If you need to run operations before completing a Git Commit, you must rely on Git Hooks.
Install the tool
The tool must be installed in the root folder of the solution.
To install the tool globally, you have to run
dotnet new tool-manifest dotnet tool install Husky
and, to add it to an existing .NET application, you must run
dotnet husky install
Finally, you can add a new hook by running, for example,
dotnet husky add pre-commit -c "echo 'Husky.Net is awesome!'" git add .husky/pre-commit
This fill create a new file, pre-commit, in your project. The content, here, is pretty useless: you should customize that script.
Create custom scripts
To customize the script, open the file located at
.husky/pre-commit (the file has no extensions).
Here you can add whatever you want.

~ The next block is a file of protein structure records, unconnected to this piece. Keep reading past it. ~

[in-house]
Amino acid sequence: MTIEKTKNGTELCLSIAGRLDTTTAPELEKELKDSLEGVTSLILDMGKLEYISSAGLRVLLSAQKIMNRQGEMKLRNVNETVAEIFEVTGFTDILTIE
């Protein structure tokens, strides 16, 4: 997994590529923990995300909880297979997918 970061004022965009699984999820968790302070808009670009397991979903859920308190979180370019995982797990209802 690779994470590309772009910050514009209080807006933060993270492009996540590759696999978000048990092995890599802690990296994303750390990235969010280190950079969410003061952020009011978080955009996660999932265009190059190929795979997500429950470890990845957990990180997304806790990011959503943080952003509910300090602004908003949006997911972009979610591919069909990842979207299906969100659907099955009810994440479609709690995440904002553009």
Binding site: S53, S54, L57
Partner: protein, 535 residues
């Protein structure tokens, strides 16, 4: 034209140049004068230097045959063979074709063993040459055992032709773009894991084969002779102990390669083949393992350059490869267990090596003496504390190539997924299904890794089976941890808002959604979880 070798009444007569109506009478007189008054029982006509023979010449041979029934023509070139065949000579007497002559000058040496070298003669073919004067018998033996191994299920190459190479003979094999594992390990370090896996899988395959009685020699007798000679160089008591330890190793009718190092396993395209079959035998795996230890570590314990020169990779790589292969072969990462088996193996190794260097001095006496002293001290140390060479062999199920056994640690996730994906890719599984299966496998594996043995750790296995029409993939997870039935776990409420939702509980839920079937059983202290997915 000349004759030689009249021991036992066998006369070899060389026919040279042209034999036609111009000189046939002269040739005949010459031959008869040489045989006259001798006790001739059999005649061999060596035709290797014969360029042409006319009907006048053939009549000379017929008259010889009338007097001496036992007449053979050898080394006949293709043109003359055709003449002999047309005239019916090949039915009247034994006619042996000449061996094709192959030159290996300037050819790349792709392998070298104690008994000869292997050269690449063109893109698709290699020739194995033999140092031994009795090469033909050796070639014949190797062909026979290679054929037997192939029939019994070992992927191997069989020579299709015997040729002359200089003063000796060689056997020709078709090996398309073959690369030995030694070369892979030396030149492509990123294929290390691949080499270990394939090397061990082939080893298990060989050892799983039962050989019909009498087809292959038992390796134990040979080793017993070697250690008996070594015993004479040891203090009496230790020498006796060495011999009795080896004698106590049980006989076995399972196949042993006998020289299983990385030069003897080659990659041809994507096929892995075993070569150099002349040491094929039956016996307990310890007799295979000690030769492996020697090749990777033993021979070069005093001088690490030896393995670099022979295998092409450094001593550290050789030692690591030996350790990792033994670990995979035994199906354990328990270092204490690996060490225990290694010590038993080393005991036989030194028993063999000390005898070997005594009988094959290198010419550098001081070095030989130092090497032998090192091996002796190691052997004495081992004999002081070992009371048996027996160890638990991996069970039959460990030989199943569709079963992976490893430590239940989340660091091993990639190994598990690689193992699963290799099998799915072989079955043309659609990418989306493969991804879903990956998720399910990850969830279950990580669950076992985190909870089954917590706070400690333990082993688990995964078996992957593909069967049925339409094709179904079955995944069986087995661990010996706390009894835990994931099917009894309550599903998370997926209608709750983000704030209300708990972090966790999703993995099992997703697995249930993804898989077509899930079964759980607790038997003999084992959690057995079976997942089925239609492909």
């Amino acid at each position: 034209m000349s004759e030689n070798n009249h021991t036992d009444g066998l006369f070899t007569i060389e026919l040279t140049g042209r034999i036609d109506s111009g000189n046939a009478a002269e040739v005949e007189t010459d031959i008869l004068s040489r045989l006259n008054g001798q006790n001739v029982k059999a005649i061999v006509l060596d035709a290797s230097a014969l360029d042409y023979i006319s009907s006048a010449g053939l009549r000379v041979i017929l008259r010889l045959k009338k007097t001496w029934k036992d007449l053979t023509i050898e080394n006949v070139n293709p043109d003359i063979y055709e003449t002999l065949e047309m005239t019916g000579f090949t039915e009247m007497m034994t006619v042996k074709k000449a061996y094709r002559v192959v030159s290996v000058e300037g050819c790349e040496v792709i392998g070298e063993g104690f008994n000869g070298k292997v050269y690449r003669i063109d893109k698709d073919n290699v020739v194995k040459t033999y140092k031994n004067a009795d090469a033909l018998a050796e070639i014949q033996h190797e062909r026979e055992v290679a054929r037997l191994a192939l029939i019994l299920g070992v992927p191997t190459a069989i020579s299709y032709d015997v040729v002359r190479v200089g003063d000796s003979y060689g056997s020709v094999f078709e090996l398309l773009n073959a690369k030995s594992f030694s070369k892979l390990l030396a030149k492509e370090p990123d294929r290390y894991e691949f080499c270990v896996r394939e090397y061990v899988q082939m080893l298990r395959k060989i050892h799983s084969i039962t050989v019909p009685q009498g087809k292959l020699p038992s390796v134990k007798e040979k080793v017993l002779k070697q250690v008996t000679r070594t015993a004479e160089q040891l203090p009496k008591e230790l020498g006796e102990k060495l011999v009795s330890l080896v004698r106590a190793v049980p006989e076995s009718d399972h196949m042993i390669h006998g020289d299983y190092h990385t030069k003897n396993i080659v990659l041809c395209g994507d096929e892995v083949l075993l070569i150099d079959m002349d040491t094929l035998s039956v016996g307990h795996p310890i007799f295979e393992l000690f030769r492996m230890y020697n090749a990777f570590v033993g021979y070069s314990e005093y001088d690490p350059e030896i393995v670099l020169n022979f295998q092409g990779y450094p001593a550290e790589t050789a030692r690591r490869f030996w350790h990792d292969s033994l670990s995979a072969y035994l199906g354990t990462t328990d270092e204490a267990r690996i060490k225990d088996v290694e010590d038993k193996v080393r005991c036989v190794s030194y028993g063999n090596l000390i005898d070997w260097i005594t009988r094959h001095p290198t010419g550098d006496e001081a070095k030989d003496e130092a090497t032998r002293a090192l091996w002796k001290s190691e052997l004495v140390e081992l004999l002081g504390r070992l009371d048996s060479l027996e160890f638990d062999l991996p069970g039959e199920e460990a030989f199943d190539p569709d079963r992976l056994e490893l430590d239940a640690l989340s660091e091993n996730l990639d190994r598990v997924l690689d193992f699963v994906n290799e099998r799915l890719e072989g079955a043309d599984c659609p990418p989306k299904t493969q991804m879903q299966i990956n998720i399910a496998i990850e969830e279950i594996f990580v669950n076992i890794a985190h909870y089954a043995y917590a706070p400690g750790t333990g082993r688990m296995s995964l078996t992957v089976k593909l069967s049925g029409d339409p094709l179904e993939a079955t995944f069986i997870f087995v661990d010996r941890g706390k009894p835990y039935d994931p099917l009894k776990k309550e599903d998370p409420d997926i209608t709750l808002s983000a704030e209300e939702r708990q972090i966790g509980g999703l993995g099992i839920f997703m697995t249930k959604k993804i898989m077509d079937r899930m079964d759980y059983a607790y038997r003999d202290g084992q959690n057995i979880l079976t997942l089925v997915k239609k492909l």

My personal file just compiles the code, formats the text (using
dotnet format with the rules defined in the .editorconfig file), and then runs all the tests.
#!/bin/sh . "$(dirname "$0")/_/husky.sh" echo 'Building code' dotnet build echo 'Formatting code' dotnet format git add . echo 'Running tests' dotnet test
Then, add it to Git, and you are ready to go.
Skip git hooks
To trigger the hook, just run
git commit -m "message". Before completing the commit, the hook will run all the commands. If one of them fails, the whole commit operation is aborted.
There are cases when you have to skip the validation. For example, if you have integration tests that rely on an external source that is currently offline. In that case, some tests will fail, and you won’t be able to commit your code until the external system comes back.
You can skip the commit validation by adding the
git commit -m "my message" --no-verify